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Secret Underground
     Nick Cunard/zReportage.com via ZUMA (bios)
Deep under the streets of London, a disused railway tunnel stretches for six miles. Opened in 1927, the mail line runs beneath Oxford Street in central London, and became the world's only electric underground railway dedicated to moving mail as driverless trains carried up to 12 million letters daily from East End's Whitechapel to west London's Paddington. A century ago, in the days of predominantly horse-drawn vehicles, congestion was causing delays to the movement of mail. In 1911 a railway report concluded London's traffic speeds would never surpass 6mph, convincing the British Parliament to approve plans to build the railway, which could run at 40mph. Fast forward almost 100 years and in 2003 Royal Mail said the line cost five times as much as using roads and the historic network was shut down. Closed for over a decade, there are now plans to reopen the London Post Office Railway - known to many as Mail Rail - as a tourist ride.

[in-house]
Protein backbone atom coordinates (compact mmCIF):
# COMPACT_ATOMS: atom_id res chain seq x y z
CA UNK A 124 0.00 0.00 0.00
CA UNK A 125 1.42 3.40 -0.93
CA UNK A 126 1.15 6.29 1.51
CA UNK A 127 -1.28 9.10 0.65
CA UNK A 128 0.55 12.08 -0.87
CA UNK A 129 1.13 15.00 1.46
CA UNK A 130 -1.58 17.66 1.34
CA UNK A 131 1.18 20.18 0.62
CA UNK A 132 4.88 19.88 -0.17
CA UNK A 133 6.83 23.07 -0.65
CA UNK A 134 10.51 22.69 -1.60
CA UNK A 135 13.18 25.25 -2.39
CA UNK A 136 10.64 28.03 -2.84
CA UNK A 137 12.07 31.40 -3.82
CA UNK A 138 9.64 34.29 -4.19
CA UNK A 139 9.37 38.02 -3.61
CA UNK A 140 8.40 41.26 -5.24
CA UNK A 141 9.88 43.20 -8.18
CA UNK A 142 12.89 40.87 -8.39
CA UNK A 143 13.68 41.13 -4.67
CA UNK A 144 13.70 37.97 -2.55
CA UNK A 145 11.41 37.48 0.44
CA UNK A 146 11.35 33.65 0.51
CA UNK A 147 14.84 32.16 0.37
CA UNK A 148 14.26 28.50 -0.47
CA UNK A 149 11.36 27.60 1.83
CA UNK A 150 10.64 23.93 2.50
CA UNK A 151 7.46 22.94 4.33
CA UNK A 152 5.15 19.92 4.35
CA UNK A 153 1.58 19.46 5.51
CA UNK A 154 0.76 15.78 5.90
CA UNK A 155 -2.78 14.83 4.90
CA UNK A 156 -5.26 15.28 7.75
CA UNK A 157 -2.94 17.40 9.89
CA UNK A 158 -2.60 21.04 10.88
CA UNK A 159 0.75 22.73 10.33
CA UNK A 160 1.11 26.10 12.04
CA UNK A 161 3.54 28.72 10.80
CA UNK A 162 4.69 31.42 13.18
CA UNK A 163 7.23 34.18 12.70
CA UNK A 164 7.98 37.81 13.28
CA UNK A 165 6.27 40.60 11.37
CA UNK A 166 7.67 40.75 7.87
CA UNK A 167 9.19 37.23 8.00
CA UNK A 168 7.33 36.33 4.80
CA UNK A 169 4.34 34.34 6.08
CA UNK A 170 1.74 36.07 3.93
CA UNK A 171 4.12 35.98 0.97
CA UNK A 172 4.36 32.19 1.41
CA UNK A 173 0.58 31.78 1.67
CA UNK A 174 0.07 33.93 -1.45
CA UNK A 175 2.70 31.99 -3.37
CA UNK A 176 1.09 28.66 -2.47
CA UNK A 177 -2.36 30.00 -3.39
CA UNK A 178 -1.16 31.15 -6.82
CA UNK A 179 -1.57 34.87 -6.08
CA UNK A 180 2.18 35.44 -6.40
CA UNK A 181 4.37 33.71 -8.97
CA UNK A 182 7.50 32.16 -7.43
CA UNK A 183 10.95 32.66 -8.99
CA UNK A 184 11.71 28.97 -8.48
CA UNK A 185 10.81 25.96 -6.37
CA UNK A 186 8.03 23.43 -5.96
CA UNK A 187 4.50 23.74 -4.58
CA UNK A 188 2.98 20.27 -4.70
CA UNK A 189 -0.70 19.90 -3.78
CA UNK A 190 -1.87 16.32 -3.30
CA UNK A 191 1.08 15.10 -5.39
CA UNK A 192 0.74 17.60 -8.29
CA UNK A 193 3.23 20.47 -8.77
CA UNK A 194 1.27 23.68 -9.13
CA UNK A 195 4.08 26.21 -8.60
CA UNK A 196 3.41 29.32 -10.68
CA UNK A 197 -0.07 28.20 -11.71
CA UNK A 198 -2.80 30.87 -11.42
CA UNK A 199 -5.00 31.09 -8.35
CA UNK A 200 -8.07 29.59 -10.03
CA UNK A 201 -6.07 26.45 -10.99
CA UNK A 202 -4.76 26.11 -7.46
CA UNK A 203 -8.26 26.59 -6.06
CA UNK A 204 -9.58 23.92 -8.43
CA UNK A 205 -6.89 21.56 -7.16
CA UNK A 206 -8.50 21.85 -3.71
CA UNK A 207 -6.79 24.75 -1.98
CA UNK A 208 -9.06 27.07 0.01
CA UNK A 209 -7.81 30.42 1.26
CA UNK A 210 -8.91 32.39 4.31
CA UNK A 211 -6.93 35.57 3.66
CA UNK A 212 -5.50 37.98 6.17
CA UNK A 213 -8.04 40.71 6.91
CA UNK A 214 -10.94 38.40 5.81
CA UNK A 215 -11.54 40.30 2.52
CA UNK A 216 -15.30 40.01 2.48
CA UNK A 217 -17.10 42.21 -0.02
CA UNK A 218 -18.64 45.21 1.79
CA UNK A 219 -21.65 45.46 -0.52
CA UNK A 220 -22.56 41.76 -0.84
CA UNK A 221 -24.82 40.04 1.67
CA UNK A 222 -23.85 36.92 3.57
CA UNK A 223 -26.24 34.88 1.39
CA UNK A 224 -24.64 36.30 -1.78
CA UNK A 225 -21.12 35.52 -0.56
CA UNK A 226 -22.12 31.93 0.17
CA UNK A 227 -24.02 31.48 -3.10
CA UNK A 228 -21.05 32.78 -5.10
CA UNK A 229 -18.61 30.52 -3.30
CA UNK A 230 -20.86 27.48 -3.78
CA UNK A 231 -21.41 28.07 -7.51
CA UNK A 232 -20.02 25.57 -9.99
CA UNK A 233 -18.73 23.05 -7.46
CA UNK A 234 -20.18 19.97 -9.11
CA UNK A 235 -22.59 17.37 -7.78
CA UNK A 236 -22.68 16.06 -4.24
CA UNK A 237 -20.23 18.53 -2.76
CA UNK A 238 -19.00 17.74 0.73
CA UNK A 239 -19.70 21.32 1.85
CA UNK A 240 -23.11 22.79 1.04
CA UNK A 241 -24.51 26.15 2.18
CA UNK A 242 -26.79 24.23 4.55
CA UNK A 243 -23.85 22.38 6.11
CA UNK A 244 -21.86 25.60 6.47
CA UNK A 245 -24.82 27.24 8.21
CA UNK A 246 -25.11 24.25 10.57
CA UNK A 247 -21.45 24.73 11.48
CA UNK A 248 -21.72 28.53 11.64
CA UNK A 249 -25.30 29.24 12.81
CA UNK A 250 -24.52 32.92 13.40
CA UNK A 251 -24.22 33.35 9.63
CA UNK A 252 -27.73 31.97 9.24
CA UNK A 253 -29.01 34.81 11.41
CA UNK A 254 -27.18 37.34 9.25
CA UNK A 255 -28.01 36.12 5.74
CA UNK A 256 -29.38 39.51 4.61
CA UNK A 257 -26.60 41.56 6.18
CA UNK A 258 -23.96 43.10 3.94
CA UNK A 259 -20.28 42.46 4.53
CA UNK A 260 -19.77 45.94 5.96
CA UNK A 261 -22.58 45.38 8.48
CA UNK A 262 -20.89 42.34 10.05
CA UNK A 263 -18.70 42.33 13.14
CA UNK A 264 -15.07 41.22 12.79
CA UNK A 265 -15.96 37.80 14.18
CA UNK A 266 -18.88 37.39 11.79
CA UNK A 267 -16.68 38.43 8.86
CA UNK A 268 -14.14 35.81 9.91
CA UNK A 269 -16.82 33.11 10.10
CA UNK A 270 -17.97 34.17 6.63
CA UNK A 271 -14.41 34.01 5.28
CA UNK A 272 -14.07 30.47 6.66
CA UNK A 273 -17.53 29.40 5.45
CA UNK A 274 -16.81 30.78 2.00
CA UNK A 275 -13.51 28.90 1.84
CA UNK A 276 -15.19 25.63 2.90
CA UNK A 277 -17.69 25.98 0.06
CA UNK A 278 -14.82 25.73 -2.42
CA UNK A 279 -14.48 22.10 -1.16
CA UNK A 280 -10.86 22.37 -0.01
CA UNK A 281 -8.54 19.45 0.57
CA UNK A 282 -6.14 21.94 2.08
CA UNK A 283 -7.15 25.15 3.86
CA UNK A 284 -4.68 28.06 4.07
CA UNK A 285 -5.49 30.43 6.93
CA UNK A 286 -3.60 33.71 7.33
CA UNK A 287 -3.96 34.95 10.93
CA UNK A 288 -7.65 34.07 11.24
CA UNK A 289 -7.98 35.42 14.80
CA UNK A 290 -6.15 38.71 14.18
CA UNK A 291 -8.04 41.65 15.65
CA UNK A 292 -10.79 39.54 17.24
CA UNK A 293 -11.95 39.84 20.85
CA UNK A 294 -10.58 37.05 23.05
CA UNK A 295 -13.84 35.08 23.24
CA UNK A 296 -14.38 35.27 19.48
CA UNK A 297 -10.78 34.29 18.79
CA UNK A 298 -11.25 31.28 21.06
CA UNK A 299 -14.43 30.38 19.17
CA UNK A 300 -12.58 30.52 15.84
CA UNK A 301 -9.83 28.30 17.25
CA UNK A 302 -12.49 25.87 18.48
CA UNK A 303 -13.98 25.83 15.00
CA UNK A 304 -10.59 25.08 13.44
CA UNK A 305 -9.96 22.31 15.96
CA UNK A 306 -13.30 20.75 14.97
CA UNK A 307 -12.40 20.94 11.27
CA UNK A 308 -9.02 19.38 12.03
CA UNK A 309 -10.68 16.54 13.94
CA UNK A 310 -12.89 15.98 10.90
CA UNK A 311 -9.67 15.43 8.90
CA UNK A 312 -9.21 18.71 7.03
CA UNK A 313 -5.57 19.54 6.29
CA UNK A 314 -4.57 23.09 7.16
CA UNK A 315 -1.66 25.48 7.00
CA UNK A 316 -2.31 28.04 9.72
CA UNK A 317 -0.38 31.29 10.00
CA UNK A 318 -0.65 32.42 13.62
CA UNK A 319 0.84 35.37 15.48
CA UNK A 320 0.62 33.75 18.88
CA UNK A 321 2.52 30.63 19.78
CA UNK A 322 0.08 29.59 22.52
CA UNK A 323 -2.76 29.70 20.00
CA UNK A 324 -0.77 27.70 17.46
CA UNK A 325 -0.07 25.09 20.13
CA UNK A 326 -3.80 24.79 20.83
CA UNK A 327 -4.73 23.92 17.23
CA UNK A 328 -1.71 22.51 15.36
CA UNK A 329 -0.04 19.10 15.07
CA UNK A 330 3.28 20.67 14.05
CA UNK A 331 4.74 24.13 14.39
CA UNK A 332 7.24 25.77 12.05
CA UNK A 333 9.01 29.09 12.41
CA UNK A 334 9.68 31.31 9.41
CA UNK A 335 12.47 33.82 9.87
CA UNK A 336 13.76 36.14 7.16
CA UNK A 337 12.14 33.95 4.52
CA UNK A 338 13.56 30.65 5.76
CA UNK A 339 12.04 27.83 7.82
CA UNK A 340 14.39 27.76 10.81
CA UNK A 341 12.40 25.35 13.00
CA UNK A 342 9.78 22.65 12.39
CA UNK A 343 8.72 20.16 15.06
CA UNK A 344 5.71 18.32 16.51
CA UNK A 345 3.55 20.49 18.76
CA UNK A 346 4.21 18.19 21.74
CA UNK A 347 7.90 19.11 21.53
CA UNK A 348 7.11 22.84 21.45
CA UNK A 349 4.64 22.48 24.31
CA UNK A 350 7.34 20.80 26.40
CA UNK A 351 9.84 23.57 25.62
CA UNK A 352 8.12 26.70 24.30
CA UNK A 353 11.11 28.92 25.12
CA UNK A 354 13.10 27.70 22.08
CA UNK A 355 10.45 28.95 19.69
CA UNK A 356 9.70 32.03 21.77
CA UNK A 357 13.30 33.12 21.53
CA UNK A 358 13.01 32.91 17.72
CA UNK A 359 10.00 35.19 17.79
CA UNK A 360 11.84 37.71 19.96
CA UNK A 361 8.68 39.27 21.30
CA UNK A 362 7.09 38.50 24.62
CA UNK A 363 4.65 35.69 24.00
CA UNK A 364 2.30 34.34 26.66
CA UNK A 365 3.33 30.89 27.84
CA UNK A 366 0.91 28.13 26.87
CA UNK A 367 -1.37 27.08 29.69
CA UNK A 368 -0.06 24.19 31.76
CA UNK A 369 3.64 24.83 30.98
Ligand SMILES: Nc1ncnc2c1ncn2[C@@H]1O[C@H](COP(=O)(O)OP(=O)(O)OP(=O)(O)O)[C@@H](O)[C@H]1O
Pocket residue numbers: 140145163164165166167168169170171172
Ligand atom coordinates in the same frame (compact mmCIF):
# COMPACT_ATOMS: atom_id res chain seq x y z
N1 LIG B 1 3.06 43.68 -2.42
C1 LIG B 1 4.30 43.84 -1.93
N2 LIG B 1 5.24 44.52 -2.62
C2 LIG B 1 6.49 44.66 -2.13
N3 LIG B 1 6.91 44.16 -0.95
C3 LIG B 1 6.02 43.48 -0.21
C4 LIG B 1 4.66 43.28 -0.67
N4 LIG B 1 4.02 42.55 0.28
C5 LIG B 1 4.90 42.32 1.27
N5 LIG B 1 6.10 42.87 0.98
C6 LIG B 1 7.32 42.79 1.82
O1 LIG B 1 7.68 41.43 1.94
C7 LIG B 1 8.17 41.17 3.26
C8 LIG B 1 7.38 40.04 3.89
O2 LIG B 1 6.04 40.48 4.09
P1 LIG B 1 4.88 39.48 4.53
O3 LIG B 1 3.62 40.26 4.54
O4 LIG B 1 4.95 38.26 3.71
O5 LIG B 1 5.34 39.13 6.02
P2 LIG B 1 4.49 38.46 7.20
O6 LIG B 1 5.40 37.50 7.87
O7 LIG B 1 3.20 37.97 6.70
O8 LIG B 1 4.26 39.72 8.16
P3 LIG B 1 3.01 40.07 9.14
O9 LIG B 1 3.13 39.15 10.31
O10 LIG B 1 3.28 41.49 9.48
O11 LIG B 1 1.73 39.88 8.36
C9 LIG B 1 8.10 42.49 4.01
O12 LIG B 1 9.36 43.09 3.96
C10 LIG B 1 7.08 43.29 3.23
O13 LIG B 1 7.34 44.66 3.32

Secret Underground
     Nick Cunard/zReportage.com via ZUMA (bios)
Deep under the streets of London, a disused railway tunnel stretches for six miles. Opened in 1927, the mail line runs beneath Oxford Street in central London, and became the world's only electric underground railway dedicated to moving mail as driverless trains carried up to 12 million letters daily from East End's Whitechapel to west London's Paddington. A century ago, in the days of predominantly horse-drawn vehicles, congestion was causing delays to the movement of mail. In 1911 a railway report concluded London's traffic speeds would never surpass 6mph, convincing the British Parliament to approve plans to build the railway, which could run at 40mph. Fast forward almost 100 years and in 2003 Royal Mail said the line cost five times as much as using roads and the historic network was shut down. Closed for over a decade, there are now plans to reopen the London Post Office Railway - known to many as Mail Rail - as a tourist ride.